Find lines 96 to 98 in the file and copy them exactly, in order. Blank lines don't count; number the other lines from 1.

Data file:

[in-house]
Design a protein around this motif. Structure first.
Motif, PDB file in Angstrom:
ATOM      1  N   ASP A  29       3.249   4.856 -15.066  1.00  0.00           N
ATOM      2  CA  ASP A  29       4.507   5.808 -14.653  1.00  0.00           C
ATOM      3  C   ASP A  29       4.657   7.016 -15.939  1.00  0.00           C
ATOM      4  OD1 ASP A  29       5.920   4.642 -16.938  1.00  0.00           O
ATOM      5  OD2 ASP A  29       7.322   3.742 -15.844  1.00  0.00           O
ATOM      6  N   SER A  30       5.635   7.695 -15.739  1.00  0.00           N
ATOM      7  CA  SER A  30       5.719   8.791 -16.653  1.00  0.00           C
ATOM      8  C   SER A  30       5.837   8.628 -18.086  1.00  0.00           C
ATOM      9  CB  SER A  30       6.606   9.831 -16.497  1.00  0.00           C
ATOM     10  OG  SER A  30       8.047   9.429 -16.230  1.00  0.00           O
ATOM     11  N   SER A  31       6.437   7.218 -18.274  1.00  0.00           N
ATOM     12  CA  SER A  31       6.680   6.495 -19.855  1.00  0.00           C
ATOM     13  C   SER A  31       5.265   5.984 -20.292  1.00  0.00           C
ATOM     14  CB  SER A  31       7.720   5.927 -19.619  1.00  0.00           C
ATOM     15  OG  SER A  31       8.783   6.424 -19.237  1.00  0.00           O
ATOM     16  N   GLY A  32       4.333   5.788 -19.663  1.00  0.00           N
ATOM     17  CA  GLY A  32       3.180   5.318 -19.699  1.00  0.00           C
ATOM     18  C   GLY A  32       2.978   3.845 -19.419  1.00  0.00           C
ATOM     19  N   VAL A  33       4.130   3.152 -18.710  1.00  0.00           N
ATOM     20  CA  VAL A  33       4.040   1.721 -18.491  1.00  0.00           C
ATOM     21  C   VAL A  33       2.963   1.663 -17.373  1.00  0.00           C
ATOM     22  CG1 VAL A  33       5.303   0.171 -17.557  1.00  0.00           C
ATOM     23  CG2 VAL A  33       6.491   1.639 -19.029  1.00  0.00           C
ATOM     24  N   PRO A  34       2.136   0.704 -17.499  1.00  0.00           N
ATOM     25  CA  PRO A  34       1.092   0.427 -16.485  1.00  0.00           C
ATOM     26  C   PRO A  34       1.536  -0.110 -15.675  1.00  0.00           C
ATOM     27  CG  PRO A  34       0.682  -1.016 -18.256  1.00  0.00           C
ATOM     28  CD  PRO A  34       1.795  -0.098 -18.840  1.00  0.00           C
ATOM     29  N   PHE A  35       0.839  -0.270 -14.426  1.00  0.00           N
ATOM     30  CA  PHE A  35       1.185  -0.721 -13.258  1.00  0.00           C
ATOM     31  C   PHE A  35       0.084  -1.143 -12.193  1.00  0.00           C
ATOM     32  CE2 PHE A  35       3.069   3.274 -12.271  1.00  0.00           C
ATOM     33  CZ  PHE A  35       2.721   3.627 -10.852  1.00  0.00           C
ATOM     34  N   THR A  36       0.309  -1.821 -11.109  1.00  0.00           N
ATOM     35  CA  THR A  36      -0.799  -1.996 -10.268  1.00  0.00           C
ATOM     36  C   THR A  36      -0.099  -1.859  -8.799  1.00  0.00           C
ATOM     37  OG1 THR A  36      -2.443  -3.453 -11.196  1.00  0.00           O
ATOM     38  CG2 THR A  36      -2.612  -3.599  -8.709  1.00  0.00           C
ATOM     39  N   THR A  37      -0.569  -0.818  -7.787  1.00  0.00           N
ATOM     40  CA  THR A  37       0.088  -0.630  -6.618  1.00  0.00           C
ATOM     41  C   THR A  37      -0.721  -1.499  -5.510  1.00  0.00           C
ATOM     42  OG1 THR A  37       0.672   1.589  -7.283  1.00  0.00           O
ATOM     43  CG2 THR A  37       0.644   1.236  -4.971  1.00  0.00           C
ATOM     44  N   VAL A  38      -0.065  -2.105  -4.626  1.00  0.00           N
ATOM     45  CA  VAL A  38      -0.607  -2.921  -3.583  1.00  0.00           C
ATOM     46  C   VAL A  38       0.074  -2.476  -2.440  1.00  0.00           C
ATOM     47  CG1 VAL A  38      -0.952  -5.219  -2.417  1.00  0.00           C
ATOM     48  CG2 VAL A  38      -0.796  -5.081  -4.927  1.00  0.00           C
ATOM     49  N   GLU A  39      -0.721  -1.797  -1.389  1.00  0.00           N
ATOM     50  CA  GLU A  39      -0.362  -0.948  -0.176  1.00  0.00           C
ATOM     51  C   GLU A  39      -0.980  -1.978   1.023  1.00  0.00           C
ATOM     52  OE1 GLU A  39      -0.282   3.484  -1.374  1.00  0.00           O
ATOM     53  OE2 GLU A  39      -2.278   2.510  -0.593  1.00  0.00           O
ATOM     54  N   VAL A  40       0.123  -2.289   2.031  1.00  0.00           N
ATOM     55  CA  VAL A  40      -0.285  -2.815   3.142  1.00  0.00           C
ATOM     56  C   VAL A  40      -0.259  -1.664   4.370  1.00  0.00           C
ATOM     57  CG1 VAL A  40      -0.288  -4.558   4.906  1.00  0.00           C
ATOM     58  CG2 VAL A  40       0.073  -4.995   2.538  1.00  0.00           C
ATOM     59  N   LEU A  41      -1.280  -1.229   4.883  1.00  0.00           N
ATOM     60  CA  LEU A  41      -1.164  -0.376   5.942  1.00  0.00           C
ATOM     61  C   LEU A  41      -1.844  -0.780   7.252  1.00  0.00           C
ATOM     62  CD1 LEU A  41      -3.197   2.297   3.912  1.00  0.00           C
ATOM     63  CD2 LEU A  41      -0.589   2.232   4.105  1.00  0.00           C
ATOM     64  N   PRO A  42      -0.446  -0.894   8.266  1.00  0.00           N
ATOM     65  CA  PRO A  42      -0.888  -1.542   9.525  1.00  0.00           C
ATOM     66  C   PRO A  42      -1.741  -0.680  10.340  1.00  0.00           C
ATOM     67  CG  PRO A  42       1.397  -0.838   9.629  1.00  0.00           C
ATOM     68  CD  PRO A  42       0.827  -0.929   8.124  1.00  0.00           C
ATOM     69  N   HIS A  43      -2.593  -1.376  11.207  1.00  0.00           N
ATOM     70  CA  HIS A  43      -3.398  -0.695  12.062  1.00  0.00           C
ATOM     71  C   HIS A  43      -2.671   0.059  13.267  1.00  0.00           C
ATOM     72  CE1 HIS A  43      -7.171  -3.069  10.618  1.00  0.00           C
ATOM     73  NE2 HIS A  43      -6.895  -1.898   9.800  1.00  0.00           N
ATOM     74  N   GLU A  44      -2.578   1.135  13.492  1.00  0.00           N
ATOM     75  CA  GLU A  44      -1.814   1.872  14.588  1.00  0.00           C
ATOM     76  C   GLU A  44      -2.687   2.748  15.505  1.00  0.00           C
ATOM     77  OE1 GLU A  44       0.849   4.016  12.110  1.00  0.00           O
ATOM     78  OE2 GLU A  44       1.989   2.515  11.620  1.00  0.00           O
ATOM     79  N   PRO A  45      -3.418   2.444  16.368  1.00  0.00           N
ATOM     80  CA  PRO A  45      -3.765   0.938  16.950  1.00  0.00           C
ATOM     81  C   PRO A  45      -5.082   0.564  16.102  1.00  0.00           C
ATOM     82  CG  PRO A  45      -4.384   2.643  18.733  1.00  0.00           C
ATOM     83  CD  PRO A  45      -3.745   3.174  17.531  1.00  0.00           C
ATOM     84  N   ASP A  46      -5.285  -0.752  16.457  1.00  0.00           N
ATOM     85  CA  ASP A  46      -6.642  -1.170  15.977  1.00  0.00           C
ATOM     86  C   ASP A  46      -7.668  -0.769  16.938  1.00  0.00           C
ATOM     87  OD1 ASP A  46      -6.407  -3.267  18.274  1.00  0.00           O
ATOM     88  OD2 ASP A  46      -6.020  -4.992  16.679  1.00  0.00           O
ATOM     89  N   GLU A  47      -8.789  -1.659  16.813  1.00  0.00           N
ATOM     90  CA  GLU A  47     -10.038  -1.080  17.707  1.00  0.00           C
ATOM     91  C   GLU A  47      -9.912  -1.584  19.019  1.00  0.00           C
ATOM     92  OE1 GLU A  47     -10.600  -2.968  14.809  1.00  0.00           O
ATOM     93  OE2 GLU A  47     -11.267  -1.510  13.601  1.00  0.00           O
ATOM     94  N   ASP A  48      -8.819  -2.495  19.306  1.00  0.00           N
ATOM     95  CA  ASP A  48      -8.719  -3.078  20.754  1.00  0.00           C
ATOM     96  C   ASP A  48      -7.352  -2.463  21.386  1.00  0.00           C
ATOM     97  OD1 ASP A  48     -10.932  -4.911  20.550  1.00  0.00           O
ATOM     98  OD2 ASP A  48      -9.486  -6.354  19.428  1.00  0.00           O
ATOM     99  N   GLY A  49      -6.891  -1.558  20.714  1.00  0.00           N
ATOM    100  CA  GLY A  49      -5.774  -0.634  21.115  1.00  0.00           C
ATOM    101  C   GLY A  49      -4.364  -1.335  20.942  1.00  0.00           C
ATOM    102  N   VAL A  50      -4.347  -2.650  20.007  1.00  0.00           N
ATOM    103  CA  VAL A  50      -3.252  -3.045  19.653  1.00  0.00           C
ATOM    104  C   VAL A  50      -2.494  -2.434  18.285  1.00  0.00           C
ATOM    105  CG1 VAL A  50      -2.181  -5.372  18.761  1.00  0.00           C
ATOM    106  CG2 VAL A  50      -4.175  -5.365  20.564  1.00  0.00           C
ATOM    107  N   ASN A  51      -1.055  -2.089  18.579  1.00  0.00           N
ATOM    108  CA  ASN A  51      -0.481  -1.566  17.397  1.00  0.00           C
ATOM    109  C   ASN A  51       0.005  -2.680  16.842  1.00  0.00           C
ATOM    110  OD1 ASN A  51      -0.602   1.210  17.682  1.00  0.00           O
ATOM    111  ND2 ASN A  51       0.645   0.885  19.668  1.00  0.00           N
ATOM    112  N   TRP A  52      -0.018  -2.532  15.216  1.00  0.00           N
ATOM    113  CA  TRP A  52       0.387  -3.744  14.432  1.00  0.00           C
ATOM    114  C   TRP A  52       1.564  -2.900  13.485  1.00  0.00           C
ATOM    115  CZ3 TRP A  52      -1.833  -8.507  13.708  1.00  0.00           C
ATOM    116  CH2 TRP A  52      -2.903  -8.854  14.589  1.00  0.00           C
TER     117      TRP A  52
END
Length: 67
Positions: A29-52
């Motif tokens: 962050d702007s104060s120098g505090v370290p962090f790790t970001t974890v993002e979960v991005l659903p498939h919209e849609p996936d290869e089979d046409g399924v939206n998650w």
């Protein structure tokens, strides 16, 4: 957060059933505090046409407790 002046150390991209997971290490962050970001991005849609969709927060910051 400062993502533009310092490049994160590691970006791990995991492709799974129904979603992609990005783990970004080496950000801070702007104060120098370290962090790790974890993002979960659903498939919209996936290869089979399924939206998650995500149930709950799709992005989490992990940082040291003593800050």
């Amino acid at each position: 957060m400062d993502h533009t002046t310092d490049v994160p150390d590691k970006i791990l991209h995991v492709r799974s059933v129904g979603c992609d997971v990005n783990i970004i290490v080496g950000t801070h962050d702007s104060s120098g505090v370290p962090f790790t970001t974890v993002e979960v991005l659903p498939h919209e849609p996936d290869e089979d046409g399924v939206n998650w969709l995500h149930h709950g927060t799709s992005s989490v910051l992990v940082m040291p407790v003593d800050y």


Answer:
ATOM     93  OE2 GLU A  47     -11.267  -1.510  13.601  1.00  0.00           O
ATOM     94  N   ASP A  48      -8.819  -2.495  19.306  1.00  0.00           N
ATOM     95  CA  ASP A  48      -8.719  -3.078  20.754  1.00  0.00           C